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RA’s Daily Russia News Blast – Nov. 16, 2007

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A Russian soldier takes a break during military training manoeuvers in Siberia, September 2007. The Russian senate has voted to abandon a key Cold War treaty limiting conventional military forces across Europe, a move strongly criticised in the West and by NATO. (AFP/File/Yuri Yuriev)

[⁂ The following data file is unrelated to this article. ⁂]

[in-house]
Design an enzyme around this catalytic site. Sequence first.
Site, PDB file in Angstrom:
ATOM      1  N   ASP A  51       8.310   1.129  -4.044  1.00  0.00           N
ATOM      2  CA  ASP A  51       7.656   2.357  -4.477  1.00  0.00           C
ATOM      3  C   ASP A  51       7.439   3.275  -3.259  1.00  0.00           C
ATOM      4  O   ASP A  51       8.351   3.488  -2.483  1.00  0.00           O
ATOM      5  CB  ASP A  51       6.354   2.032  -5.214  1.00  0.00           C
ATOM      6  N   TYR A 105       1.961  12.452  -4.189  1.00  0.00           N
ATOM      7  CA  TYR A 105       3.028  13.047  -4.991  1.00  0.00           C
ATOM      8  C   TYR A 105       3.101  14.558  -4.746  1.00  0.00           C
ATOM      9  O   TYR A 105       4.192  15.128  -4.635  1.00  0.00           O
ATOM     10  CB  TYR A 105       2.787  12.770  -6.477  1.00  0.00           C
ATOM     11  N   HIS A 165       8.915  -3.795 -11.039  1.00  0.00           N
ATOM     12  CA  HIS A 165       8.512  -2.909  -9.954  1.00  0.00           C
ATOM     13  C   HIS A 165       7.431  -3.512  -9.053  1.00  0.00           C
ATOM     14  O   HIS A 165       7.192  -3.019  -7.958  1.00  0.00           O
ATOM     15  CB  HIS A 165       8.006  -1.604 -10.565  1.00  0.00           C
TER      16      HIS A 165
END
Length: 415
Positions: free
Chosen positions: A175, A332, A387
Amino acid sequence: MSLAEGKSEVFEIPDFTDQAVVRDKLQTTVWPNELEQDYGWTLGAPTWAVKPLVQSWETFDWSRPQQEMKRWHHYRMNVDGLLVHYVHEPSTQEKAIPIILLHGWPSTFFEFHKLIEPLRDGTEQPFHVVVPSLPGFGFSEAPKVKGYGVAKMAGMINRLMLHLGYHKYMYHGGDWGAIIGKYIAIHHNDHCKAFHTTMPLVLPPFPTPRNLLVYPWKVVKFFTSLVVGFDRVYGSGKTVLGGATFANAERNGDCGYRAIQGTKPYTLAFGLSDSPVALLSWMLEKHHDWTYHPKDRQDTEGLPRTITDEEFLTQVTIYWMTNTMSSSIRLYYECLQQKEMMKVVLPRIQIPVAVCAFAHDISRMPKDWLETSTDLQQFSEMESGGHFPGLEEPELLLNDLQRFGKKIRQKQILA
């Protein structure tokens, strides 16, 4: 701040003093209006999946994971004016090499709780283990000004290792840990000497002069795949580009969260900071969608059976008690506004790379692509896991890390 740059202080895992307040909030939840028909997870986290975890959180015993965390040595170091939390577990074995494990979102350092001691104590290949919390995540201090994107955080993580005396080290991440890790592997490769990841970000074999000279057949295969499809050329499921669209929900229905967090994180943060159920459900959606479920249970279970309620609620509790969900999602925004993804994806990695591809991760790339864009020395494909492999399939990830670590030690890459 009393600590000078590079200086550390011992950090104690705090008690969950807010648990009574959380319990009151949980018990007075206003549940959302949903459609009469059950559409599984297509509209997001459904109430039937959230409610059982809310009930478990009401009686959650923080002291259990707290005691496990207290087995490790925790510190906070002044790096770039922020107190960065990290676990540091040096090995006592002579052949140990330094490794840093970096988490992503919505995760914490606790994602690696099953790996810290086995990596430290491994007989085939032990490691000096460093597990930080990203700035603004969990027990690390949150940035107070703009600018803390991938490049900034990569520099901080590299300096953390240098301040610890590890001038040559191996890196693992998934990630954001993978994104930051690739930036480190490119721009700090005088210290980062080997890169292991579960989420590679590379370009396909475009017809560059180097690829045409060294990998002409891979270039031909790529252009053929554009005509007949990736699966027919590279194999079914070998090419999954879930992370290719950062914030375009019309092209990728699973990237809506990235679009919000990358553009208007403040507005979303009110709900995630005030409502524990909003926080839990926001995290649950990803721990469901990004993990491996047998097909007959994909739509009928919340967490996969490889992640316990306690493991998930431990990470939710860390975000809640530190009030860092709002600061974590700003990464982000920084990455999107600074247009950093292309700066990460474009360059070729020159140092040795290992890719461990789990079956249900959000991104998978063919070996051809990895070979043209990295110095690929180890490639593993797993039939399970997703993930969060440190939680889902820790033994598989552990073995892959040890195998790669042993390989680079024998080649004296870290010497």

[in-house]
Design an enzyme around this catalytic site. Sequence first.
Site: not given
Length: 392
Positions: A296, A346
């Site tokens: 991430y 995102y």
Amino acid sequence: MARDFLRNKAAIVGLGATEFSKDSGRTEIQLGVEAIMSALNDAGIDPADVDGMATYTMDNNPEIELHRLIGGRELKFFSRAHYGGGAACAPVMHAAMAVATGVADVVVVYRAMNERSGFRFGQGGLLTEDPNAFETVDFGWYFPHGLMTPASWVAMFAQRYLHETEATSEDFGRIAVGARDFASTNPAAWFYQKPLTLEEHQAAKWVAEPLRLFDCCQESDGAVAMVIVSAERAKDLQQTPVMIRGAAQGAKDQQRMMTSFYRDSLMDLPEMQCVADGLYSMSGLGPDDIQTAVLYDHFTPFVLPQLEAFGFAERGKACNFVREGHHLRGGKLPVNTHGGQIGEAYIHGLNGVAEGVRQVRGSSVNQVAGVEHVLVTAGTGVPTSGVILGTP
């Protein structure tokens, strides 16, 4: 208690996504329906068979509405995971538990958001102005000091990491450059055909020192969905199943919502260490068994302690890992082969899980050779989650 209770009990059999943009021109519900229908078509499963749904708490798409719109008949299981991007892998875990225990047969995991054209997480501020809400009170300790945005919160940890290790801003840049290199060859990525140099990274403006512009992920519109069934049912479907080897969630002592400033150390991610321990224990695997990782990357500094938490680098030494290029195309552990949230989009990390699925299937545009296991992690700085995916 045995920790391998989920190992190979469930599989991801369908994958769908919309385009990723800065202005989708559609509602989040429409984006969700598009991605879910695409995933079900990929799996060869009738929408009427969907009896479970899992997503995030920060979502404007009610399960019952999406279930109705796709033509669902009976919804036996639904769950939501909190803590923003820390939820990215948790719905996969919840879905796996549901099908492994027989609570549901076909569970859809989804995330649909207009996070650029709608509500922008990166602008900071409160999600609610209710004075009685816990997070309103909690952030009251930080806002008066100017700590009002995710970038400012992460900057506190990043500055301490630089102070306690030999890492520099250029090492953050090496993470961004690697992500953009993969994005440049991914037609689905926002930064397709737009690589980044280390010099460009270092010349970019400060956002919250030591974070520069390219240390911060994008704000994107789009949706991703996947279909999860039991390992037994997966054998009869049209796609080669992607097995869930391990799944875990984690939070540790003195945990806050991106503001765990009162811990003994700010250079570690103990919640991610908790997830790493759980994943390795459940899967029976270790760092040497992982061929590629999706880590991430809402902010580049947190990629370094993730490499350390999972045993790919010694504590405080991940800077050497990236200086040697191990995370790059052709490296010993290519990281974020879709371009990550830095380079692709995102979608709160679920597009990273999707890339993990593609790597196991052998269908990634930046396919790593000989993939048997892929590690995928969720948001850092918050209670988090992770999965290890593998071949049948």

The Organization for Security and Cooperation in Europe’s Warsaw-based office will not be able to monitor balloting in the upcoming election. “Despite repeated attempts to attain entry visa into the Russian Federation for […] experts and observers, entry visas have continuously been denied. […] It is with regret that […] it will be unable to deliver its mandate under these circumstances.” Two-thirds of voting-age Russians “do not believe that December’s elections to the State Duma will be conducted honestly.” Hundreds of activists met in Tver to formally establish the “All-Russian Council of Initiative Groups to Support Putin” movement, to help ensure that Vladimir Putin continues running the country after the completion of his second presidential term. Organizers of the session said the movement “is not affiliated with any party,” but the grass roots members reportedly admittedthat they are members of United Russia and were sent to the sessions by NGOs close to regional authorities.” Another component of the For Putin movement, the web site Zaputina.ru, claims that 54,000 visitors have signed up to urge Putin to continue in power. The movement claims to have the support of 30 million people. “We are not campaigning for a third term. We respect the opinion of the president but suggest a position that will keep him as the national leader.” It is thought that United Russia will probably win two-thirds of the seats in the next parliament – enough to change the constitution. The State Duma holds its final session today, leaving behind it “a legacy of Kremlin-sponsored laws that have pushed political dissent to the brink of extinction.” “If politics is a world of paradox and scandal, then Vladimir Zhirinovsky is the poster boy.” Viewpoints on the forthcoming elections can be found here. Gazprom has revealed how it charges for gas, in a bid for transparency that “is likely to kill off talk of political motives behind price increases.” The company has upgraded gas reserves in the giant Shtokman field to 3.8 trillion cubic meters, and is to create an operating company, which will plan, finance and build Shtokman’s first phase, by Dec. 20. Ukraine and Russia have agreed principles of natural gas pricing for the medium term. Merrill Lynch has bought a 10% stake in Trust Banking Group, a company formerly controlled by Mikhail Khodorkovsky. The current managers bought it from Khodorkovsky’s Menatep Group in 2004 “to distance it from the billionaire and his now-bankrupt Yukos.” Anatoly Chubais, the head of Unified Energy System, insists that he will resist Gazprom’s efforts to snap up large chunks of the power sector, which is “threatening to undermine the government’s large-scale reform of the industry.” Chubais is currently overseeing the breakup of the UES electricity monopoly in a bid to make the sector competitive. Deputy Finance Minister Andrey Vavilov wants Russia’s stabilization fund money invested in Western stock market indexes. Nordic banks “are expanding into new markets including Russia and Ukraine” to boost growth as the expansion of the Baltic economies slows down. SABMiller, the London-listed brewer, highlighted the growth potential of the Russian beer market, saying that “Russia is one of the most exciting markets in the world.” Investment firm Prosperity Capital Management said on Friday it has postponed the London listing of its Russian electricity fund, New Russian Generation, due to poor market conditions. Russia’s fourth-largest oil producer, Surgutneftegas, plans to increase production with a $3 billion investment plan this year. As it has already signaled, Russia has announced that it will suspend its compliance with the key Cold War arms treaty, the Conventional Forces in Europe (CFE) treaty. The moratorium is understood by NATO officials as legitimate. The European Union’s Russia policy is “now in tatters”. British Foreign Secretary David Miliband has expressed support for Russia and Ukraine joining the World Trade Organisation. According to NASA officials, when the space shuttle fleet is retired in 2010, the United States will be dependent on “an increasingly hostile Russia” for five years to give American astronauts access to the International Space Station. Russia’s lower house of parliament has ratified an intergovernmental agreement on restructuring Cuba’s $166 million post-Soviet debt to Russia. Australia has been named as the world’s worst polluter. Russia was ranked lower than China and the US, with 661m tonnes of CO2 output per year. 29 members of a Russian sect have taken up residence in a remote cave in order to wait for the end of the world.